‘Vulnerable’ and ‘narcissism’ aren’t usually two words you would put together in the same sentence. Think of a narcissist and you would probably imagine someone who struts like a peacock, demands full attention at all times, lacks empathy for others, and expects people to worship the ground they walk on.
Yet not all narcissists are grandiose and entitled – the so called ‘thick-skinned’ narcissists. Some narcissists are ‘thin-skinned’ and have more vulnerable traits. And these traits can be expressed in obvious, overt ways – or in covert, more subtle ways.
The roots of narcissistic personality traits may be the same, but how they manifest can be different. Narcissists evolve as a result of an ‘injury’ to their very being, usually in childhood, that comes from not being seen for who they truly are. In order to be seen, heard and acknowledged – and to get the attention they crave – narcissists develop a ‘false self’ that they believe is more acceptable to others. As they grow up, they become more invested in ensuring that everyone admires this false self, and will take great pains to ensure the ‘real self’ is never seen.
Narcissistic traits, as defined by the DSM-5 (the manual psychiatrists use to diagnose mental health disorders) include:
- Self-esteem dependent on needing others to admire them, and their emotions can go up and down if they don’t achieve this external recognition.
- Goal setting is based on gaining approval from others. They set standards high so they can see themselves as exceptional – or set standards low based on a sense of entitlement.
- Struggling to recognise the feelings or needs of others, unless those feelings relate to themselves.
- Not having a clear sense of how they affect others.
- Superficial relationships, mostly to boost their self-esteem.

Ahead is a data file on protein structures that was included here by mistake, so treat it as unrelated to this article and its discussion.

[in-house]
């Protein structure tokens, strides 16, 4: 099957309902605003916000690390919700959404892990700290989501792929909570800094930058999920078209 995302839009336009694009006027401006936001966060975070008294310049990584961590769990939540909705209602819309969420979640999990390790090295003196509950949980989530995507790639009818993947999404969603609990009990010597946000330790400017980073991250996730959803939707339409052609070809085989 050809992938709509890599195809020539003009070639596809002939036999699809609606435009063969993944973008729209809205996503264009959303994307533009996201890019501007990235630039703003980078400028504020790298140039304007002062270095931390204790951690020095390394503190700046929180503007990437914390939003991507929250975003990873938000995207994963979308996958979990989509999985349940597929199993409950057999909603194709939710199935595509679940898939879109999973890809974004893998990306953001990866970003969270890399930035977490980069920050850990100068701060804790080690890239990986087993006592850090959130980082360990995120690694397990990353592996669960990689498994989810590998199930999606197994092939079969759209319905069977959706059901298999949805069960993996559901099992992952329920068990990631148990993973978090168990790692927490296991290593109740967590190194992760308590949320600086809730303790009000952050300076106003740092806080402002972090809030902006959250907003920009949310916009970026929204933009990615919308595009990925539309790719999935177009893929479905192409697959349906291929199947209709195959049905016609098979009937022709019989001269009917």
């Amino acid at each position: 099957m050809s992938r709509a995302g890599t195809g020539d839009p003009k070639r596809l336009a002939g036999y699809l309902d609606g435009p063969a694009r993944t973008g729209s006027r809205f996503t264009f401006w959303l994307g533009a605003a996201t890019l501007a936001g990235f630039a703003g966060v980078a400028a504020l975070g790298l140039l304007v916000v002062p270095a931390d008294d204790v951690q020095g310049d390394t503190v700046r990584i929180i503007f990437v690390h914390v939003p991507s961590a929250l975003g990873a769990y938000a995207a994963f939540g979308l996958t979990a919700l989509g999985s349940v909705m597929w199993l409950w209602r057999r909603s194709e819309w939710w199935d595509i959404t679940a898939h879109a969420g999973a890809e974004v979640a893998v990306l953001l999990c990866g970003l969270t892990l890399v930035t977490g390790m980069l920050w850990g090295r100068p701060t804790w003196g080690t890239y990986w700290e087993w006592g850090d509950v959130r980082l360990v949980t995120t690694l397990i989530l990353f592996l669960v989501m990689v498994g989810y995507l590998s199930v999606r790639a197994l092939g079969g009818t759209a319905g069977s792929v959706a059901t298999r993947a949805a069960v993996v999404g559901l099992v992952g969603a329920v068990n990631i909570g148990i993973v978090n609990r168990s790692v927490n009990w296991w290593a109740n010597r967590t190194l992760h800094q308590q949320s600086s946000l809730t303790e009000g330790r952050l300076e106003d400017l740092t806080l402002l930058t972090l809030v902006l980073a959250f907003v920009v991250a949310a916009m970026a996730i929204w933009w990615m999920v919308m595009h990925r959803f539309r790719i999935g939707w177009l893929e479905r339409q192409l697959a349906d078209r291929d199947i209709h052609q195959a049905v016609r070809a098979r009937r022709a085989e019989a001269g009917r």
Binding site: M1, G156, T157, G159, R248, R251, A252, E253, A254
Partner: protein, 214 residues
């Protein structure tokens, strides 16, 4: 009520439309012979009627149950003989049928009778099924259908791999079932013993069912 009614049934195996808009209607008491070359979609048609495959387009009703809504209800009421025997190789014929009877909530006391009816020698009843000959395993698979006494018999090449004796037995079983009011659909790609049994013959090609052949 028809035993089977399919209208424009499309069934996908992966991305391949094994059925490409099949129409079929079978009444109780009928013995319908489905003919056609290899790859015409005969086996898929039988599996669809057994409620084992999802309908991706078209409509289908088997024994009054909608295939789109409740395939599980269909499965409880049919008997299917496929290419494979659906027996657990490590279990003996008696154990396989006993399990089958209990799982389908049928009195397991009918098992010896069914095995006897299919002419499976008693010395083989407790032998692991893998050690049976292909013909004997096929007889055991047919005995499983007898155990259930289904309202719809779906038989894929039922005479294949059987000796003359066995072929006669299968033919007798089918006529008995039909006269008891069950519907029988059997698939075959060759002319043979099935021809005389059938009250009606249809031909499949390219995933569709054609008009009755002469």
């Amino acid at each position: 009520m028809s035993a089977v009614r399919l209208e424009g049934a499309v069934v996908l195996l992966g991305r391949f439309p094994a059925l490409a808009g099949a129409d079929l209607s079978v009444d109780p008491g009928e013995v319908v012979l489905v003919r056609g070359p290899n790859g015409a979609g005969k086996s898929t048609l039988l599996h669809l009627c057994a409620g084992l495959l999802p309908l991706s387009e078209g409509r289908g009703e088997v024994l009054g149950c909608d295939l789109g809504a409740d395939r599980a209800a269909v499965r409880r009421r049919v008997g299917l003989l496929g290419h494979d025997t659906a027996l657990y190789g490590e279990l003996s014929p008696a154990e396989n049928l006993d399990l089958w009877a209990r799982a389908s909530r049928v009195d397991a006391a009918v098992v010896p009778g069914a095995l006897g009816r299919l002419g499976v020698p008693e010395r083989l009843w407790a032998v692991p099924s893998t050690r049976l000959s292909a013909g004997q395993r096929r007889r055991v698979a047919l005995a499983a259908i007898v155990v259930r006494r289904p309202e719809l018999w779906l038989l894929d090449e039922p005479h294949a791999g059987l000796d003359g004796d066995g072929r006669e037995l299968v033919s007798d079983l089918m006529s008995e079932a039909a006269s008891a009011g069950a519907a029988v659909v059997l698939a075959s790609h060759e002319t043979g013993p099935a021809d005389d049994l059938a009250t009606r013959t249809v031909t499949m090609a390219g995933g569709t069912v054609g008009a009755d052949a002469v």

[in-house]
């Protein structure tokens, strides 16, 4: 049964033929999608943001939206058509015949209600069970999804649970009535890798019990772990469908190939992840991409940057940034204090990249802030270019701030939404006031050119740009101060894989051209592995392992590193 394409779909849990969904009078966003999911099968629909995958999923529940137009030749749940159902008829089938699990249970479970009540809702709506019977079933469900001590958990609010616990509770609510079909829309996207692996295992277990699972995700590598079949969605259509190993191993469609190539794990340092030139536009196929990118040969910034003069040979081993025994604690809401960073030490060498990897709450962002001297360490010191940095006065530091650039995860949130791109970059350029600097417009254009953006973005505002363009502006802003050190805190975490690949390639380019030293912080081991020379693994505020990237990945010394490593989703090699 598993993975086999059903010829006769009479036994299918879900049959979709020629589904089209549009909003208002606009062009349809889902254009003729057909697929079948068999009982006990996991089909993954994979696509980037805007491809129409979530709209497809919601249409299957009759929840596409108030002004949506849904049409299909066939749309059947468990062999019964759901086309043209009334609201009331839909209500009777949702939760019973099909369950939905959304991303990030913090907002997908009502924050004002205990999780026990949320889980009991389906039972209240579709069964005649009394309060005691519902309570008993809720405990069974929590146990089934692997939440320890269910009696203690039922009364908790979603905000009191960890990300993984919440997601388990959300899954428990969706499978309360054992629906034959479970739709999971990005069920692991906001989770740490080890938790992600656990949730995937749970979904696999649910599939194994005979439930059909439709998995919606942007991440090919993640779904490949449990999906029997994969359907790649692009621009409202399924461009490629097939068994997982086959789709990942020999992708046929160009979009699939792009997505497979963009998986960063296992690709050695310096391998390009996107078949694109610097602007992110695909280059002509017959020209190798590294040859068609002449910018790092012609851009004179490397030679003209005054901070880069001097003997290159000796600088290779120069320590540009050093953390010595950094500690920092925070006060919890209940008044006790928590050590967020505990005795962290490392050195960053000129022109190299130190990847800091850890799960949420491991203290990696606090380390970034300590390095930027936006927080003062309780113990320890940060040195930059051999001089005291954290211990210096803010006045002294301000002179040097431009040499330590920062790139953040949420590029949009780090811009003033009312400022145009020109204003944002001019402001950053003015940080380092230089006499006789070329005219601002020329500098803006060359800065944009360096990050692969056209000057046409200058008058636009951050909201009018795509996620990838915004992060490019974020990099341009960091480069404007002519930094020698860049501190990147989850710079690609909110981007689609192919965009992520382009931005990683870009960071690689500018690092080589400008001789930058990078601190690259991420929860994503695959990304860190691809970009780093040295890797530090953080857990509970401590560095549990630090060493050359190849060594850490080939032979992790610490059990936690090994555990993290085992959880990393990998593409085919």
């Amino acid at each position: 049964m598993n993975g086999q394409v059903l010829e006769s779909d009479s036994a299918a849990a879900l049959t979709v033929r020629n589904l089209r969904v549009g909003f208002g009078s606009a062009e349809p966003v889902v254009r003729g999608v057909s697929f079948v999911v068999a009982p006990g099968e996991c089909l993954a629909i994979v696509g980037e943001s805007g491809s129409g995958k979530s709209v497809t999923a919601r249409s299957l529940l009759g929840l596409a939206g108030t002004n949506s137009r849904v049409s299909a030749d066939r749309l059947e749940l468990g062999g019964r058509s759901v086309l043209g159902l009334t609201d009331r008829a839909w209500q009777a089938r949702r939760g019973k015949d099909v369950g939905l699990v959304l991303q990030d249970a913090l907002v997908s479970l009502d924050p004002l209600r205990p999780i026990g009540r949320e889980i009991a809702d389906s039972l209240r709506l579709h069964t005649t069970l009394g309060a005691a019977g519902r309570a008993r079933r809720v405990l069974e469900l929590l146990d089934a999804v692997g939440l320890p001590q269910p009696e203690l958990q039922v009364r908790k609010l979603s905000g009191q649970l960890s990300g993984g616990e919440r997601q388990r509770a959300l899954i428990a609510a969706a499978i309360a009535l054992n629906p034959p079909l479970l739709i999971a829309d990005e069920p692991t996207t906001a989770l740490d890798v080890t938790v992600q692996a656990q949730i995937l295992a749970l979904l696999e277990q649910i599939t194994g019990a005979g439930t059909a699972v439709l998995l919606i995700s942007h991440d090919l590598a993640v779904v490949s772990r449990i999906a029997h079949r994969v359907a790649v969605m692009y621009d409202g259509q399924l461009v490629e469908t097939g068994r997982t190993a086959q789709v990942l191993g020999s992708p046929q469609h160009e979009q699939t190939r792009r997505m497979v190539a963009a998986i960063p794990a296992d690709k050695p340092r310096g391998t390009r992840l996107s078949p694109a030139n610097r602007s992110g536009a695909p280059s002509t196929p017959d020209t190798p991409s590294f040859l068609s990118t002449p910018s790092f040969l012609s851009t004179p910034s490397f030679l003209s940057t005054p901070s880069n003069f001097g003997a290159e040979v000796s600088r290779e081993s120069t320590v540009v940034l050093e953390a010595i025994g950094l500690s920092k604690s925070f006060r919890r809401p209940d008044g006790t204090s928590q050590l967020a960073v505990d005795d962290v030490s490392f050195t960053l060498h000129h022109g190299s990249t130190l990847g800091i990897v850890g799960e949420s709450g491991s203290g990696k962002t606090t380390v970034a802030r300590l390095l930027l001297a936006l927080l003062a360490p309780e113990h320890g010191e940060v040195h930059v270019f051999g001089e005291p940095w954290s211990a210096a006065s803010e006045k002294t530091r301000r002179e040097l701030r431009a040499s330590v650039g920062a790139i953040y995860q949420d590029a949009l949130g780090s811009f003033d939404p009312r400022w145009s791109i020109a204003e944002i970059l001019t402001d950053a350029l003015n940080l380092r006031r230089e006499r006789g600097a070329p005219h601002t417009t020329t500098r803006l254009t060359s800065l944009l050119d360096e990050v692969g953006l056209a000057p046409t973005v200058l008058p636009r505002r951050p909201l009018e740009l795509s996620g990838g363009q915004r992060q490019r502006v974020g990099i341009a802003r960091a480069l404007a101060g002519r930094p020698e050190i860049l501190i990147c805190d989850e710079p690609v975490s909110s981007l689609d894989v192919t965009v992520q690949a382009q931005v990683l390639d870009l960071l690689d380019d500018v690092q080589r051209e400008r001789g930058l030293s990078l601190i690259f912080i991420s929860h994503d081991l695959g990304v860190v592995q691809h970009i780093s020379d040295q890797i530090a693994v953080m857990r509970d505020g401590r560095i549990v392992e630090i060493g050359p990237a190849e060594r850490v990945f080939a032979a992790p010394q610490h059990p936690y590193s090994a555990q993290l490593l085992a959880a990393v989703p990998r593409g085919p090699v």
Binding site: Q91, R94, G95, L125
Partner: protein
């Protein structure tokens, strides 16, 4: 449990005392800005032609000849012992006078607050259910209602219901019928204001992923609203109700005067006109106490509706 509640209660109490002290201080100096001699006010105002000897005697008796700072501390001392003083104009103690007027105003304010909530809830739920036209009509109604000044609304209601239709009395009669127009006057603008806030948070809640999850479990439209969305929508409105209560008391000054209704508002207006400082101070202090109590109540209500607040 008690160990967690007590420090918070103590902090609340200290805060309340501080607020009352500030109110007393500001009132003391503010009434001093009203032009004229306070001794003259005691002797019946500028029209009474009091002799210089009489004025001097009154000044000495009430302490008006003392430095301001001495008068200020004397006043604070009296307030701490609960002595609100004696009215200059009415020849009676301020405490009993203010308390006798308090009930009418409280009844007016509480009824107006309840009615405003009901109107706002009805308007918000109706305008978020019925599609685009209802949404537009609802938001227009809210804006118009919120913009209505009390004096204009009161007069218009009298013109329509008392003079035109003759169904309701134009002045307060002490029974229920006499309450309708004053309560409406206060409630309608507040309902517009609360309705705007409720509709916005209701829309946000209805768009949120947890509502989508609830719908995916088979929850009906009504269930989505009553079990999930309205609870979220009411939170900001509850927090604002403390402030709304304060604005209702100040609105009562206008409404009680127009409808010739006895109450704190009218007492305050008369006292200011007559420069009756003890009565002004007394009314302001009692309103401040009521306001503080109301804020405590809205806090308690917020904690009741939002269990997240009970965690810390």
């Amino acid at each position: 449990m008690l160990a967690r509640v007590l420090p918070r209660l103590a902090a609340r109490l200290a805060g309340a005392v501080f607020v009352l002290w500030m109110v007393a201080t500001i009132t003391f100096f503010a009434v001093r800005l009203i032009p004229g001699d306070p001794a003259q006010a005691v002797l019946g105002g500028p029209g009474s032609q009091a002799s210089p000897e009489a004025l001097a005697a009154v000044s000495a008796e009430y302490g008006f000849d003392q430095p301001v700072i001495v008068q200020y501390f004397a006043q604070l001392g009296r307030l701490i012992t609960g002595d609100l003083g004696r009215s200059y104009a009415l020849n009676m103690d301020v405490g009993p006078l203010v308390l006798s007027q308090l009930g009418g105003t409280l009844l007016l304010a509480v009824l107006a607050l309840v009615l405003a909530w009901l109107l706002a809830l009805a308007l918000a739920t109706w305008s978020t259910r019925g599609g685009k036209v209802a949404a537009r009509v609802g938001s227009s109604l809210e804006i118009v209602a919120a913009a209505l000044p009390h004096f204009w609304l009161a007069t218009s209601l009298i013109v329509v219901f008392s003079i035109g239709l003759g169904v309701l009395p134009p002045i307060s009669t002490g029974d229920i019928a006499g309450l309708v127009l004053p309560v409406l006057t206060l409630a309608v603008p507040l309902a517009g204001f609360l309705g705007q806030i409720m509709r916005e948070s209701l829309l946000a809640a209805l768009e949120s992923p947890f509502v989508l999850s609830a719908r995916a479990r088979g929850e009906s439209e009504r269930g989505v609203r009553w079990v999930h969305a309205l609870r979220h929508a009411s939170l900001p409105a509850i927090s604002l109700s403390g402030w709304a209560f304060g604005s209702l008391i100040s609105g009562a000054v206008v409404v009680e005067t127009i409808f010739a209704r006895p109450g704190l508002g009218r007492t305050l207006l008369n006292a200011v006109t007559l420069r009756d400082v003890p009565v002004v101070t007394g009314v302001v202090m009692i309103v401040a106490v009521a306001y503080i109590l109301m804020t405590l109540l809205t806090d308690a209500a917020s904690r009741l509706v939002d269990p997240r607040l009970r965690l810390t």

- Arrogance and haughtiness, believing themselves to be better than others, and can be condescending.
In summary, underneath it all, narcissists may feel empty and fragile, but they compensate for this by creating a persona that goes all out to cover up that emptiness within and so they can believe that they are special or exceptional.
An article published in The International Journal of Psychoanalysis in May 2018 by Ricardo Bernari and Monica Eidlin outlines the similarities and differences between thin-skinned (vulnerable) narcissism and thick-skinned (grandiose) narcissism.
While grandiose narcissists would never admit to being dependent on anyone, and are oblivious to deep feelings, in contrast vulnerable thin-skinned narcissists:
- Are hypersensitive and easily hurt.
- Are more introverted than grandiose narcissists.
- Find it difficult to deal with any failure or trauma.
- Are more neurotic and will worry and fret over how they are perceived.
- Can turn on themselves when hurt or disappointed (whereas thick-skinned narcissists are more likely to turn on others).
- Feel shame when rejected – and will try to agree with the person who has rejected them as a way to reduce these feelings of shame.
- Can feel depressed, empty and useless.
- May withdraw from social situations if they feel they don’t match up to others.
- Feel afraid of being let down and ashamed of needing others.
- May have rage-filled outbursts (followed by feelings of further shame) when their demands for recognition are not met.
- Have a tendency to blame others.
- May feel envy for what they believe should be theirs.
Just having the above traits or behaviours does not necessarily mean you have narcissistic personality disorder. Only a psychiatrist would be able to diagnose this. However, if you recognise signs in yourself or others, and believe you’d like to explore this to understand yourself more, then do reach out for professional support.
Call our reception team on 020 8673 4545 or email email@example.com if you’d like to speak to a counsellor, psychotherapist or psychologist. We have sessions available seven days a week, by phone and online – and some of our therapists are also returning to offer face-to-face sessions at our centres in Clapham and Tooting.